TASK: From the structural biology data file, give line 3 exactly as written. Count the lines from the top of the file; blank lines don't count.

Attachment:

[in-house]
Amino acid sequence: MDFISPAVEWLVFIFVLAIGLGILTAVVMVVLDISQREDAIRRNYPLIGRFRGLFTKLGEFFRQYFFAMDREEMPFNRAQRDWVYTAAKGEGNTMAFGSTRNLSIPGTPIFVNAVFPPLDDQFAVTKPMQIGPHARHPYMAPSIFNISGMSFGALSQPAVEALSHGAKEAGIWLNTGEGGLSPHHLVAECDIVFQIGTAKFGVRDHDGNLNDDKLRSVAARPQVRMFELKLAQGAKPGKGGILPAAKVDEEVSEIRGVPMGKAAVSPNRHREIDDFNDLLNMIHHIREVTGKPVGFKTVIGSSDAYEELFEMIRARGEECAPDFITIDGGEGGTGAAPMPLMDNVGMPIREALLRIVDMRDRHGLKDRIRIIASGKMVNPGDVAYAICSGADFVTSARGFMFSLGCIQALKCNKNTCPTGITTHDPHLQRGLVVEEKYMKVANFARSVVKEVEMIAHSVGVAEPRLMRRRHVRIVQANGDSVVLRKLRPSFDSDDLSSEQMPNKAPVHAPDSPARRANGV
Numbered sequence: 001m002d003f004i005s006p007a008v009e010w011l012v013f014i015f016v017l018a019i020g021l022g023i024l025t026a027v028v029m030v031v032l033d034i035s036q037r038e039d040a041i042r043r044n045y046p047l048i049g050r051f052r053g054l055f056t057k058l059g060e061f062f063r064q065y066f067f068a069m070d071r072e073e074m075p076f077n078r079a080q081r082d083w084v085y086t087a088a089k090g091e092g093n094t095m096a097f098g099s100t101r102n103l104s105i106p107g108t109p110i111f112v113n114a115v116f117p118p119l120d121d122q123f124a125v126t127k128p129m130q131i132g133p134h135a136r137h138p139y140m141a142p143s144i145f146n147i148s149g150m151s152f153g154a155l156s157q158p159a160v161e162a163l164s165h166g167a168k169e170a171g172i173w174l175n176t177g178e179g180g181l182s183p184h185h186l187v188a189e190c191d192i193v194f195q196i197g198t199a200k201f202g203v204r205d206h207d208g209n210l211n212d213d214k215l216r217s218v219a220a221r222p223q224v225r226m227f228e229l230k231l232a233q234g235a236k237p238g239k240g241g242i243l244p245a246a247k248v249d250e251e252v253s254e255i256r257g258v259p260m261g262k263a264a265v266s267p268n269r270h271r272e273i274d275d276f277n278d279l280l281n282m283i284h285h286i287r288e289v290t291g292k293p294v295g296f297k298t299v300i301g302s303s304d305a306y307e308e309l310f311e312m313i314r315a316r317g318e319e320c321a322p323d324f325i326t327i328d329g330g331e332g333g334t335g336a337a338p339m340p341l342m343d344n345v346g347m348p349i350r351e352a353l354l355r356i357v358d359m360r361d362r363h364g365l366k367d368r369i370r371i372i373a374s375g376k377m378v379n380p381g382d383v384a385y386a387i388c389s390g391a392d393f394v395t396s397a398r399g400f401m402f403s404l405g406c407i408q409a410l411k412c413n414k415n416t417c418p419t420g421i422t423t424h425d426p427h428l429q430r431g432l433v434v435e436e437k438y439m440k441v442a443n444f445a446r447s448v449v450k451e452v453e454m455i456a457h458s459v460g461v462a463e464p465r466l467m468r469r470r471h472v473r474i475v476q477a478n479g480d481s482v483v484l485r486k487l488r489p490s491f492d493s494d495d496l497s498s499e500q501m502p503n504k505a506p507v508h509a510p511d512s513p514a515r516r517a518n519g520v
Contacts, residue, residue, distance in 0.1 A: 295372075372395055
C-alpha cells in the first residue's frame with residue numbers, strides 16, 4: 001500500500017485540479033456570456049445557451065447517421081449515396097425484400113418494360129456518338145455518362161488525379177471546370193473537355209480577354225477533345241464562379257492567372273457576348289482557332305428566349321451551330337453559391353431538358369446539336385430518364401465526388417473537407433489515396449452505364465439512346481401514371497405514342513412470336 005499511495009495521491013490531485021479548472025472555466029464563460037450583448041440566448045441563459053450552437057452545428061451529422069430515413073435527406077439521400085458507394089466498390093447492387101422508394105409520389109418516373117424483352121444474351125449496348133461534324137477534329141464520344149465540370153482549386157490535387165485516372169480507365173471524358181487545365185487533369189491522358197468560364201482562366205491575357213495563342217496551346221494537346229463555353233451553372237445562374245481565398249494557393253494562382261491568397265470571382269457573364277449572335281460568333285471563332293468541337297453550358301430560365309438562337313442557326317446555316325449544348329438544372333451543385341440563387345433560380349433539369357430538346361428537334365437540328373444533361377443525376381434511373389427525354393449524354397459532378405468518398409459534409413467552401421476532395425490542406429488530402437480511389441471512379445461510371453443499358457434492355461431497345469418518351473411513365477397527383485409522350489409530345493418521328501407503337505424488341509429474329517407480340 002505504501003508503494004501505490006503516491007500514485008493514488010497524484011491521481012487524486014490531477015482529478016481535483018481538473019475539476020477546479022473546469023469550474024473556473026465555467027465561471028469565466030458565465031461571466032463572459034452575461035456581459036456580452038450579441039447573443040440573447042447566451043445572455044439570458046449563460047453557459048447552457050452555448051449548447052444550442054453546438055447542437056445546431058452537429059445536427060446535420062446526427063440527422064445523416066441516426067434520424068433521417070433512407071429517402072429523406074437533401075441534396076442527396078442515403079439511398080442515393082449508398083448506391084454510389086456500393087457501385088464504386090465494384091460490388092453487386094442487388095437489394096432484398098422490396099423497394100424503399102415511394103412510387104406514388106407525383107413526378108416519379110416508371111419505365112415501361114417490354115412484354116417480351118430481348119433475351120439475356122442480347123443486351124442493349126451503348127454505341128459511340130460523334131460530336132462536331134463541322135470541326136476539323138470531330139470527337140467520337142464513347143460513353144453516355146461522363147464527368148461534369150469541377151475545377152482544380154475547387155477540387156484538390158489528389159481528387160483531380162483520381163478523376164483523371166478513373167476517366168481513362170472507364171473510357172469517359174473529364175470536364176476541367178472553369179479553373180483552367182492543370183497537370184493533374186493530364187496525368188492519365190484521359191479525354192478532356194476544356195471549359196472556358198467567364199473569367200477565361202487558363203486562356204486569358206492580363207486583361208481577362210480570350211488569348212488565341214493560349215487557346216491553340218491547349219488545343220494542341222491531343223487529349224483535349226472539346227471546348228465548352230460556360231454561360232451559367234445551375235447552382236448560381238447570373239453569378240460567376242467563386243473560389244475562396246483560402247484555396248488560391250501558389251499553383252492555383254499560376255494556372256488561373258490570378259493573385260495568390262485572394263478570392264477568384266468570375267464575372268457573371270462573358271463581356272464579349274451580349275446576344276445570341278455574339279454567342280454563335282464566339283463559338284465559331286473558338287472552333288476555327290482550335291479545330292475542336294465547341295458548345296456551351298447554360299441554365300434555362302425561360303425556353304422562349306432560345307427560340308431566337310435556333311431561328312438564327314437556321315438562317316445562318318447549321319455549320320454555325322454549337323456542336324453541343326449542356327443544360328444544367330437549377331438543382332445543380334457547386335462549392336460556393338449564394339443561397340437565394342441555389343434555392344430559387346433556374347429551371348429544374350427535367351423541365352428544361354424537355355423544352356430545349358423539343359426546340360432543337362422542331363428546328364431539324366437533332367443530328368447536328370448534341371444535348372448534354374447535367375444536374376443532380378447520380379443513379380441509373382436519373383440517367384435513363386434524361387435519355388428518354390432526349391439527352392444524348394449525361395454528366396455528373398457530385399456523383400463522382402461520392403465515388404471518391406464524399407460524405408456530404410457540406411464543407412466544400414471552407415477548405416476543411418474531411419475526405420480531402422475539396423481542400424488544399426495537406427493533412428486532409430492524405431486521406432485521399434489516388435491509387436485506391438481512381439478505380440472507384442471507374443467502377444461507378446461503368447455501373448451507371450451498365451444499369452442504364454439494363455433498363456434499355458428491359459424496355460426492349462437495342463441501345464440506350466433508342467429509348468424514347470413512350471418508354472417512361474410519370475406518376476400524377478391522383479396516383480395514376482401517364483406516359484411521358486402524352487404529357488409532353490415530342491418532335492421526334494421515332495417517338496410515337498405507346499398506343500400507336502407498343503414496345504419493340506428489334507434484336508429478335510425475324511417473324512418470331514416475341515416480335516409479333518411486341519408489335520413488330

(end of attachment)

Numbered sequence: 001m002d003f004i005s006p007a008v009e010w011l012v013f014i015f016v017l018a019i020g021l022g023i024l025t026a027v028v029m030v031v032l033d034i035s036q037r038e039d040a041i042r043r044n045y046p047l048i049g050r051f052r053g054l055f056t057k058l059g060e061f062f063r064q065y066f067f068a069m070d071r072e073e074m075p076f077n078r079a080q081r082d083w084v085y086t087a088a089k090g091e092g093n094t095m096a097f098g099s100t101r102n103l104s105i106p107g108t109p110i111f112v113n114a115v116f117p118p119l120d121d122q123f124a125v126t127k128p129m130q131i132g133p134h135a136r137h138p139y140m141a142p143s144i145f146n147i148s149g150m151s152f153g154a155l156s157q158p159a160v161e162a163l164s165h166g167a168k169e170a171g172i173w174l175n176t177g178e179g180g181l182s183p184h185h186l187v188a189e190c191d192i193v194f195q196i197g198t199a200k201f202g203v204r205d206h207d208g209n210l211n212d213d214k215l216r217s218v219a220a221r222p223q224v225r226m227f228e229l230k231l232a233q234g235a236k237p238g239k240g241g242i243l244p245a246a247k248v249d250e251e252v253s254e255i256r257g258v259p260m261g262k263a264a265v266s267p268n269r270h271r272e273i274d275d276f277n278d279l280l281n282m283i284h285h286i287r288e289v290t291g292k293p294v295g296f297k298t299v300i301g302s303s304d305a306y307e308e309l310f311e312m313i314r315a316r317g318e319e320c321a322p323d324f325i326t327i328d329g330g331e332g333g334t335g336a337a338p339m340p341l342m343d344n345v346g347m348p349i350r351e352a353l354l355r356i357v358d359m360r361d362r363h364g365l366k367d368r369i370r371i372i373a374s375g376k377m378v379n380p381g382d383v384a385y386a387i388c389s390g391a392d393f394v395t396s397a398r399g400f401m402f403s404l405g406c407i408q409a410l411k412c413n414k415n416t417c418p419t420g421i422t423t424h425d426p427h428l429q430r431g432l433v434v435e436e437k438y439m440k441v442a443n444f445a446r447s448v449v450k451e452v453e454m455i456a457h458s459v460g461v462a463e464p465r466l467m468r469r470r471h472v473r474i475v476q477a478n479g480d481s482v483v484l485r486k487l488r489p490s491f492d493s494d495d496l497s498s499e500q501m502p503n504k505a506p507v508h509a510p511d512s513p514a515r516r517a518n519g520v